Gov. Phil Scott made the latest move Thursday in what is expected to be a end-of-session showdown with legislators over education funding, saying that he is willing to use one-time money to plug the spending gap this year in exchange for longer term savings commitments.
Previously, the governor said that he was looking for $40 million in additional cuts for the coming fiscal year, which legislators said was simply not possible without dipping back into school budgets and forcing schools to cut core staff and activities.
During his weekly press conference on Thursday, Scott said that he is willing to once again use one-time funds to cover the gap in education funding, if lawmakers agree to cost containment efforts that will allow the state to pay back that money in years to come.
“We may not be able to book immediate savings, because I’m not asking again for the schools to go back and do anything with their budgets,” Scott said.
“But if we could find an opportunity for savings over the next few years we’d look at it as an investment utilizing one-time money this year in order to do that, to keep the [property tax] rates where they are,” he said.
A spending impasse at the end of last year’s legislative session was resolved through money taken primarily from an end-of-year surplus and an education reserve fund. That has left a hole in the education fund this year that would require either less spending or higher taxes to make up — or it can be punted to next year with one-time funds that cover immediate spending needs without raising taxes.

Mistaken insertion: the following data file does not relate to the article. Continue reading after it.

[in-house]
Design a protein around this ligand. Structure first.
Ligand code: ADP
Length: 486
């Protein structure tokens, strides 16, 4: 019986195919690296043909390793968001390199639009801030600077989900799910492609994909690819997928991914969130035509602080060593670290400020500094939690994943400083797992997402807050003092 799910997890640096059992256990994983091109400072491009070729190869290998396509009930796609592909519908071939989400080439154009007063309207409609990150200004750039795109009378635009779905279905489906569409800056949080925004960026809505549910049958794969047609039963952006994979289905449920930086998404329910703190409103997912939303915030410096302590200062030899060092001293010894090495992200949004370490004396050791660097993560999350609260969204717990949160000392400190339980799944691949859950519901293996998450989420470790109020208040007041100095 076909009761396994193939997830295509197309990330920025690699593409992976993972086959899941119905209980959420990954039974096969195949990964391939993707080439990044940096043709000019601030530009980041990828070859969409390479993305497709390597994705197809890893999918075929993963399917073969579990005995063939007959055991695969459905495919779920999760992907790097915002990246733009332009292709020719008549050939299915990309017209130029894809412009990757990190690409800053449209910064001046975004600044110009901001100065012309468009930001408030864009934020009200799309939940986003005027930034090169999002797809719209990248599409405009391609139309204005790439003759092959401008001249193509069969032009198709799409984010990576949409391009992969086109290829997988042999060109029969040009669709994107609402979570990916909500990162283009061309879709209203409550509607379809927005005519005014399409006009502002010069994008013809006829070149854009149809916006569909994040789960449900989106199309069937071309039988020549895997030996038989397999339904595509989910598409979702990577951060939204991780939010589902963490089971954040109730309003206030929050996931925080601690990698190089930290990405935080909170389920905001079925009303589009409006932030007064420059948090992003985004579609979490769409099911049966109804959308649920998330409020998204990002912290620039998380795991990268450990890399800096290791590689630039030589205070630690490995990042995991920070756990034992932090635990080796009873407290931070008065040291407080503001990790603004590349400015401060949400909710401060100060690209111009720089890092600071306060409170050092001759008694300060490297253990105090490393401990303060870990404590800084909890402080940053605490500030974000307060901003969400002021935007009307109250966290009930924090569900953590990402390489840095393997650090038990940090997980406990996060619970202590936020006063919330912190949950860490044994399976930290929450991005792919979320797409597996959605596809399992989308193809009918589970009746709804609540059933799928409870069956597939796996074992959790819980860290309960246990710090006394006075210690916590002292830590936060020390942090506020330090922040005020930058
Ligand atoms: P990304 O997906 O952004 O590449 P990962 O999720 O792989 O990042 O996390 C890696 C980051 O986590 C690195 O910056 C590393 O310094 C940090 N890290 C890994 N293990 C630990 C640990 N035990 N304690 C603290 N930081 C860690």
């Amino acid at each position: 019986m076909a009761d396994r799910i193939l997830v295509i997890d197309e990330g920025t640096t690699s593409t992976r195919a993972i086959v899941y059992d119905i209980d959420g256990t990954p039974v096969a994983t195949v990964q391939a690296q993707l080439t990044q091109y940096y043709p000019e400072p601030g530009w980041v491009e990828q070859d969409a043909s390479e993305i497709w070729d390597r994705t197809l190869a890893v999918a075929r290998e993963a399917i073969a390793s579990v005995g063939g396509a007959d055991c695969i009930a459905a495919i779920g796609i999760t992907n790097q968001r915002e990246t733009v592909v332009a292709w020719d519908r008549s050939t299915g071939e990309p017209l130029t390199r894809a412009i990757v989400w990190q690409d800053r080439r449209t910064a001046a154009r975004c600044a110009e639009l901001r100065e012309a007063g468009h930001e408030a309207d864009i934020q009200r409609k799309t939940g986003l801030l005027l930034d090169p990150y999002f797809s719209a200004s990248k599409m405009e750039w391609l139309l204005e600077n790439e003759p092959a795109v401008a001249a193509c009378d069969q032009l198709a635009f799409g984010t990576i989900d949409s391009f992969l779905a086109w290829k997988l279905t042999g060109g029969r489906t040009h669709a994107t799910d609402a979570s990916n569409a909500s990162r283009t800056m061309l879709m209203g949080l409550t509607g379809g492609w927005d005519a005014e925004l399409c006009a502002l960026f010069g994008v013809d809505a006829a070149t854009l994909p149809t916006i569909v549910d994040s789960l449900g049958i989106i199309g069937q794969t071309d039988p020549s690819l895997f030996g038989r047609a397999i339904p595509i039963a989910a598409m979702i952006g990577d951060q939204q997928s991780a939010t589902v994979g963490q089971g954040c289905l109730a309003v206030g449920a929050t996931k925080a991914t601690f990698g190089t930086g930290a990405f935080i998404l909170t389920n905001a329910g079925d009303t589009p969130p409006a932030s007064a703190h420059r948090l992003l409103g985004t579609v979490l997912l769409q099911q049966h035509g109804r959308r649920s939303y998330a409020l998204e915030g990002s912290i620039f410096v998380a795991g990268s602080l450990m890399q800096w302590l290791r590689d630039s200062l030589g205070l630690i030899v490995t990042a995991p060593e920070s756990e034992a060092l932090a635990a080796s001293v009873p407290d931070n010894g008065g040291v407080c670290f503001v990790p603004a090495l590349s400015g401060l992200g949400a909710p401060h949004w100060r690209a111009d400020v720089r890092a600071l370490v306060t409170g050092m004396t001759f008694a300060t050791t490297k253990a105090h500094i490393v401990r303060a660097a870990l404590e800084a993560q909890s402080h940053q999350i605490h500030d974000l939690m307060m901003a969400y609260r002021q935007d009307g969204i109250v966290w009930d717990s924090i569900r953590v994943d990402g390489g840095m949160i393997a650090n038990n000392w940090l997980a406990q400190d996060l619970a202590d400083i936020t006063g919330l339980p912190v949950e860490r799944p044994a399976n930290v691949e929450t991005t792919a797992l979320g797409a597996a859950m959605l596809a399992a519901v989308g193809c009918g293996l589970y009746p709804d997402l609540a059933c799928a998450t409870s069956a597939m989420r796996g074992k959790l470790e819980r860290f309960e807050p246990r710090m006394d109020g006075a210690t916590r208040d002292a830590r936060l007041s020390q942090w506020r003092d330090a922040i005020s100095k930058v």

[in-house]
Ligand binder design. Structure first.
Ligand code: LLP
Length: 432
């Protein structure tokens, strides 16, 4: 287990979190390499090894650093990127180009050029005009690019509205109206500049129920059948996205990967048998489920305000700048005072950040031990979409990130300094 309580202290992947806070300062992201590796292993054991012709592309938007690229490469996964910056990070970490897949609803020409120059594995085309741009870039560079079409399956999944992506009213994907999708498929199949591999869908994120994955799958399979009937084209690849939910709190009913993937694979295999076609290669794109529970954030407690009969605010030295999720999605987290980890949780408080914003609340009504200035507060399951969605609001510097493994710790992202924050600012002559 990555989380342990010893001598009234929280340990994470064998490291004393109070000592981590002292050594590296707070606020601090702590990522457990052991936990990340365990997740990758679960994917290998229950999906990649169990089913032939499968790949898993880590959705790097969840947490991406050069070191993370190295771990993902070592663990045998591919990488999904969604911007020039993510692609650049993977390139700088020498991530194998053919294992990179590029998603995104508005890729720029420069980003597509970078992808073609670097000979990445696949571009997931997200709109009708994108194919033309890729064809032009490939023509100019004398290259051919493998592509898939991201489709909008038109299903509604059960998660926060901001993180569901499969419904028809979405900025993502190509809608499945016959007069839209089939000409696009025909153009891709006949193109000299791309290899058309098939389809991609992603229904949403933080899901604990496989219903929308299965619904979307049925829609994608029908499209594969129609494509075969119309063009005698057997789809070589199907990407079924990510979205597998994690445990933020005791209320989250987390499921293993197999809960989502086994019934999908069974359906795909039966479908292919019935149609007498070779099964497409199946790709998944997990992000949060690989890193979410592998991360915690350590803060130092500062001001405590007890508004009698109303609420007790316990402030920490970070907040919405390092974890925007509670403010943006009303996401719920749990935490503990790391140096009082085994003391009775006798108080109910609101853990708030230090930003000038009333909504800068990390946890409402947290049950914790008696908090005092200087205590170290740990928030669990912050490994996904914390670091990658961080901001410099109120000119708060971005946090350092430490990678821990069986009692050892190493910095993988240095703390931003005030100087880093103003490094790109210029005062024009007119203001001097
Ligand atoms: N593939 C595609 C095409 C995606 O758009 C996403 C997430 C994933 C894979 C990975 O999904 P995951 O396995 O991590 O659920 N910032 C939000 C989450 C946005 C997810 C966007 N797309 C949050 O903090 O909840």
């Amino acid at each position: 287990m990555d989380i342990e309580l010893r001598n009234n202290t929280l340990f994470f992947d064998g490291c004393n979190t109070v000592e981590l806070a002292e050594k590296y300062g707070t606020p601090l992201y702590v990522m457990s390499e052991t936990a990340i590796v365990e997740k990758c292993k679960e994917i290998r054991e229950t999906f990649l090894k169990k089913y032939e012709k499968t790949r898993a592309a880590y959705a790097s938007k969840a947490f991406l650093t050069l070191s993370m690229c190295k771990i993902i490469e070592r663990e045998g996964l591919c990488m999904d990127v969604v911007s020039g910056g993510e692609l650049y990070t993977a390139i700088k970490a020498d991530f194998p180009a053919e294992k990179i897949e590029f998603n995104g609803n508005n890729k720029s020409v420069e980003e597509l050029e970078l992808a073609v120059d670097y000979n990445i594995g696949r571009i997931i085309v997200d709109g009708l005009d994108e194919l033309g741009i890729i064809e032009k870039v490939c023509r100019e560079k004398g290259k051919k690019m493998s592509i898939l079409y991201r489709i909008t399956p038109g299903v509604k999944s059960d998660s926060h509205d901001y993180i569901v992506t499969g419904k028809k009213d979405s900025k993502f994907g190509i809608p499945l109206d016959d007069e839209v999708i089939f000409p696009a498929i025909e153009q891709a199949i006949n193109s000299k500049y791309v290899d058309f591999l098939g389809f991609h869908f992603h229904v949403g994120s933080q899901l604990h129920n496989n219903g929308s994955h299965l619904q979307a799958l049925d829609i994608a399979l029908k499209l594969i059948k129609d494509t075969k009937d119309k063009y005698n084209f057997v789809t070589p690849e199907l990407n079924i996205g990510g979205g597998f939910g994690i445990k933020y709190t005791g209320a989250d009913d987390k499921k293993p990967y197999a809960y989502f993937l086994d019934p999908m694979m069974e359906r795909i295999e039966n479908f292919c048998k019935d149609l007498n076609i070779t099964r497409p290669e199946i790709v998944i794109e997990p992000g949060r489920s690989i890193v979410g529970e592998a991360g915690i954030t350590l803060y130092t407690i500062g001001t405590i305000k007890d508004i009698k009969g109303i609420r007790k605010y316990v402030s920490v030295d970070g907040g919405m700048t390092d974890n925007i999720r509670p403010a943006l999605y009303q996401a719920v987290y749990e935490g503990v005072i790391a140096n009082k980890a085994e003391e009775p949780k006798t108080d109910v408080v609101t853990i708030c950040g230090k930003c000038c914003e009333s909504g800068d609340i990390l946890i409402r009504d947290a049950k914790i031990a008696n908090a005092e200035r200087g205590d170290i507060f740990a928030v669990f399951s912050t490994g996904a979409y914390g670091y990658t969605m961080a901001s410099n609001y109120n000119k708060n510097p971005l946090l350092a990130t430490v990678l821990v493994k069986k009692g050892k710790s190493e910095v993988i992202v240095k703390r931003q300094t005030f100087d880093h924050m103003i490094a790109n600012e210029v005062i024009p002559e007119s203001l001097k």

Scott said he would only take that route “If we can substantiate what the savings will be in the next few years.” Those savings could come from the adoption of a uniform statewide health benefit for teachers, setting a staff to student ratio that would be met over time through attrition, or other cost-containment measures, Scott said.
Senate President Pro Tem Tim Ashe, D/P-Chittenden, and Speaker of the House Mitzi Johnson, D-South Hero, said in interviews last week that they had other ideas about how to reduce spending.
They said school district consolidation under Act 46 is starting to achieve the desired effect of reining in school spending, and that special education changes being drafted into law will likely produce substantial savings in the coming years.
Ashe said last week that it might make sense to generate the needed tax revenue this year to pay back money borrowed last year.
“If we are walking right back down that road, even if we were to accomplish it by cheating the tax rate, it just means next year we will have the same dilemma,” he said.
Responding to Scott’s latest comments, Ashe said he was still waiting for specifics from the governor. “The sooner we see their proposal the better for everyone I think,” he said.